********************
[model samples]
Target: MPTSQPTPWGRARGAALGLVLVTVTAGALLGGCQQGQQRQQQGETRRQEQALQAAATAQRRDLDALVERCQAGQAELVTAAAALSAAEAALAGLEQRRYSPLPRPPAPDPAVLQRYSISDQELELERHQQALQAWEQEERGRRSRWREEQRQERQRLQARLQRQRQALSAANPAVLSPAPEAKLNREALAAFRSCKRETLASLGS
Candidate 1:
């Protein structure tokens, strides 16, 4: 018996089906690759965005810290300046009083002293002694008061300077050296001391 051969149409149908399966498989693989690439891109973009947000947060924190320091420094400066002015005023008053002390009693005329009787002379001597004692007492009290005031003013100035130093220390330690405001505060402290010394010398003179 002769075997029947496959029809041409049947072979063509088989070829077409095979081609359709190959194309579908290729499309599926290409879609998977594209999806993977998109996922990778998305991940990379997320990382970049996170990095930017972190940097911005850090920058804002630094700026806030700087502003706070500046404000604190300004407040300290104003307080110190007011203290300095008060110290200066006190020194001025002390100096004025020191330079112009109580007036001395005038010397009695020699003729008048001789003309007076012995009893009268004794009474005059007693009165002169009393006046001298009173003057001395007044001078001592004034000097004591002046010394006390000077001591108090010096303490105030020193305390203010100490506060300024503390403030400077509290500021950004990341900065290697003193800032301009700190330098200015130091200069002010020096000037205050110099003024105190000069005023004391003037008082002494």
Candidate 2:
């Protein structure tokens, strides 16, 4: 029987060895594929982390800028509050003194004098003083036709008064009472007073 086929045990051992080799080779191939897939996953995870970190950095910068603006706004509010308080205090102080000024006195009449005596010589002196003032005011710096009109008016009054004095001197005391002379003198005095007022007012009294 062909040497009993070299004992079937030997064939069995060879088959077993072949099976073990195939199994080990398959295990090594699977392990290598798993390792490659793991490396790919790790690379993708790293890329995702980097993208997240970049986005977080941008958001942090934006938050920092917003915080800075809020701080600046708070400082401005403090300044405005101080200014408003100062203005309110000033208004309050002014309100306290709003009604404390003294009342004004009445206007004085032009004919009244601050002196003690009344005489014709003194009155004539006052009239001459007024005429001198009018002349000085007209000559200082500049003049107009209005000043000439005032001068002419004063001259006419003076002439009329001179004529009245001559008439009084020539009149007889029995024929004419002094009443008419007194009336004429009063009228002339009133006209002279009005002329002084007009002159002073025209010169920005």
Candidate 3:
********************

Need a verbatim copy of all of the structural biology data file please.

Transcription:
[model samples]
Target: MPTSQPTPWGRARGAALGLVLVTVTAGALLGGCQQGQQRQQQGETRRQEQALQAAATAQRRDLDALVERCQAGQAELVTAAAALSAAEAALAGLEQRRYSPLPRPPAPDPAVLQRYSISDQELELERHQQALQAWEQEERGRRSRWREEQRQERQRLQARLQRQRQALSAANPAVLSPAPEAKLNREALAAFRSCKRETLASLGS
Candidate 1:
């Protein structure tokens, strides 16, 4: 018996089906690759965005810290300046009083002293002694008061300077050296001391 051969149409149908399966498989693989690439891109973009947000947060924190320091420094400066002015005023008053002390009693005329009787002379001597004692007492009290005031003013100035130093220390330690405001505060402290010394010398003179 002769075997029947496959029809041409049947072979063509088989070829077409095979081609359709190959194309579908290729499309599926290409879609998977594209999806993977998109996922990778998305991940990379997320990382970049996170990095930017972190940097911005850090920058804002630094700026806030700087502003706070500046404000604190300004407040300290104003307080110190007011203290300095008060110290200066006190020194001025002390100096004025020191330079112009109580007036001395005038010397009695020699003729008048001789003309007076012995009893009268004794009474005059007693009165002169009393006046001298009173003057001395007044001078001592004034000097004591002046010394006390000077001591108090010096303490105030020193305390203010100490506060300024503390403030400077509290500021950004990341900065290697003193800032301009700190330098200015130091200069002010020096000037205050110099003024105190000069005023004391003037008082002494």
Candidate 2:
């Protein structure tokens, strides 16, 4: 029987060895594929982390800028509050003194004098003083036709008064009472007073 086929045990051992080799080779191939897939996953995870970190950095910068603006706004509010308080205090102080000024006195009449005596010589002196003032005011710096009109008016009054004095001197005391002379003198005095007022007012009294 062909040497009993070299004992079937030997064939069995060879088959077993072949099976073990195939199994080990398959295990090594699977392990290598798993390792490659793991490396790919790790690379993708790293890329995702980097993208997240970049986005977080941008958001942090934006938050920092917003915080800075809020701080600046708070400082401005403090300044405005101080200014408003100062203005309110000033208004309050002014309100306290709003009604404390003294009342004004009445206007004085032009004919009244601050002196003690009344005489014709003194009155004539006052009239001459007024005429001198009018002349000085007209000559200082500049003049107009209005000043000439005032001068002419004063001259006419003076002439009329001179004529009245001559008439009084020539009149007889029995024929004419002094009443008419007194009336004429009063009228002339009133006209002279009005002329002084007009002159002073025209010169920005």
Candidate 3: